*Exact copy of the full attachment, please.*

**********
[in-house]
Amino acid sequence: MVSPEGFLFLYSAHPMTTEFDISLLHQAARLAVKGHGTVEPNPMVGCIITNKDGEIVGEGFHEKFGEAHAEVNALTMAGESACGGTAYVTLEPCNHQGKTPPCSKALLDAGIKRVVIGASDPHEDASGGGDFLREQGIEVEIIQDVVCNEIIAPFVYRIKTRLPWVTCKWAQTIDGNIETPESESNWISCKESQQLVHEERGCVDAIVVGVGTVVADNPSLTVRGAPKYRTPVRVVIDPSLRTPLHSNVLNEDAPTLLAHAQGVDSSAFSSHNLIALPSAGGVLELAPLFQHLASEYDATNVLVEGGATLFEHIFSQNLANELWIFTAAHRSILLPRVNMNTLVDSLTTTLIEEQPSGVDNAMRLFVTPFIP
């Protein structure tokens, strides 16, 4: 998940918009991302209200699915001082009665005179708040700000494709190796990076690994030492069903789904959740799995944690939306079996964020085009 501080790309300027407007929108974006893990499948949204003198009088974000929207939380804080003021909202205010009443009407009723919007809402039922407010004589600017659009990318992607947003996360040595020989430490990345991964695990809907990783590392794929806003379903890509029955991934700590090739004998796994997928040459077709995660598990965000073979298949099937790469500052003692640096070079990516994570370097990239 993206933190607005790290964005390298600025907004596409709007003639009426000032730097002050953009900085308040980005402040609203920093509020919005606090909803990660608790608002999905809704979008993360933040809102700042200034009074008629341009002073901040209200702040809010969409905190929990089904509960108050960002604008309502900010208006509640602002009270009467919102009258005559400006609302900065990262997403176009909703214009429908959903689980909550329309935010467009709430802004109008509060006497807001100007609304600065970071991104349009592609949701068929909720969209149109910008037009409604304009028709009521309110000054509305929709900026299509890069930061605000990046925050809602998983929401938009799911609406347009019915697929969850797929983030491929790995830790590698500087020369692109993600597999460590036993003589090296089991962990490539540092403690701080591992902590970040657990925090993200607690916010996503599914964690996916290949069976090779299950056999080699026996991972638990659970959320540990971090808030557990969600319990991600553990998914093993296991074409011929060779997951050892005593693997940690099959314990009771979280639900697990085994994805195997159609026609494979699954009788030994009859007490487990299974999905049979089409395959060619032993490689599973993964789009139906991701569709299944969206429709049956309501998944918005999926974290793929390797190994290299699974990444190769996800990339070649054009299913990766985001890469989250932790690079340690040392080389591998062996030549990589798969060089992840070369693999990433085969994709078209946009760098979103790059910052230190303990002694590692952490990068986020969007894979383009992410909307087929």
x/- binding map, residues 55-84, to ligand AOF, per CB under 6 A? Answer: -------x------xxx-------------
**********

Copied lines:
[in-house]
Amino acid sequence: MVSPEGFLFLYSAHPMTTEFDISLLHQAARLAVKGHGTVEPNPMVGCIITNKDGEIVGEGFHEKFGEAHAEVNALTMAGESACGGTAYVTLEPCNHQGKTPPCSKALLDAGIKRVVIGASDPHEDASGGGDFLREQGIEVEIIQDVVCNEIIAPFVYRIKTRLPWVTCKWAQTIDGNIETPESESNWISCKESQQLVHEERGCVDAIVVGVGTVVADNPSLTVRGAPKYRTPVRVVIDPSLRTPLHSNVLNEDAPTLLAHAQGVDSSAFSSHNLIALPSAGGVLELAPLFQHLASEYDATNVLVEGGATLFEHIFSQNLANELWIFTAAHRSILLPRVNMNTLVDSLTTTLIEEQPSGVDNAMRLFVTPFIP
């Protein structure tokens, strides 16, 4: 998940918009991302209200699915001082009665005179708040700000494709190796990076690994030492069903789904959740799995944690939306079996964020085009 501080790309300027407007929108974006893990499948949204003198009088974000929207939380804080003021909202205010009443009407009723919007809402039922407010004589600017659009990318992607947003996360040595020989430490990345991964695990809907990783590392794929806003379903890509029955991934700590090739004998796994997928040459077709995660598990965000073979298949099937790469500052003692640096070079990516994570370097990239 993206933190607005790290964005390298600025907004596409709007003639009426000032730097002050953009900085308040980005402040609203920093509020919005606090909803990660608790608002999905809704979008993360933040809102700042200034009074008629341009002073901040209200702040809010969409905190929990089904509960108050960002604008309502900010208006509640602002009270009467919102009258005559400006609302900065990262997403176009909703214009429908959903689980909550329309935010467009709430802004109008509060006497807001100007609304600065970071991104349009592609949701068929909720969209149109910008037009409604304009028709009521309110000054509305929709900026299509890069930061605000990046925050809602998983929401938009799911609406347009019915697929969850797929983030491929790995830790590698500087020369692109993600597999460590036993003589090296089991962990490539540092403690701080591992902590970040657990925090993200607690916010996503599914964690996916290949069976090779299950056999080699026996991972638990659970959320540990971090808030557990969600319990991600553990998914093993296991074409011929060779997951050892005593693997940690099959314990009771979280639900697990085994994805195997159609026609494979699954009788030994009859007490487990299974999905049979089409395959060619032993490689599973993964789009139906991701569709299944969206429709049956309501998944918005999926974290793929390797190994290299699974990444190769996800990339070649054009299913990766985001890469989250932790690079340690040392080389591998062996030549990589798969060089992840070369693999990433085969994709078209946009760098979103790059910052230190303990002694590692952490990068986020969007894979383009992410909307087929």
x/- binding map, residues 55-84, to ligand AOF, per CB under 6 A? Answer: -------x------xxx-------------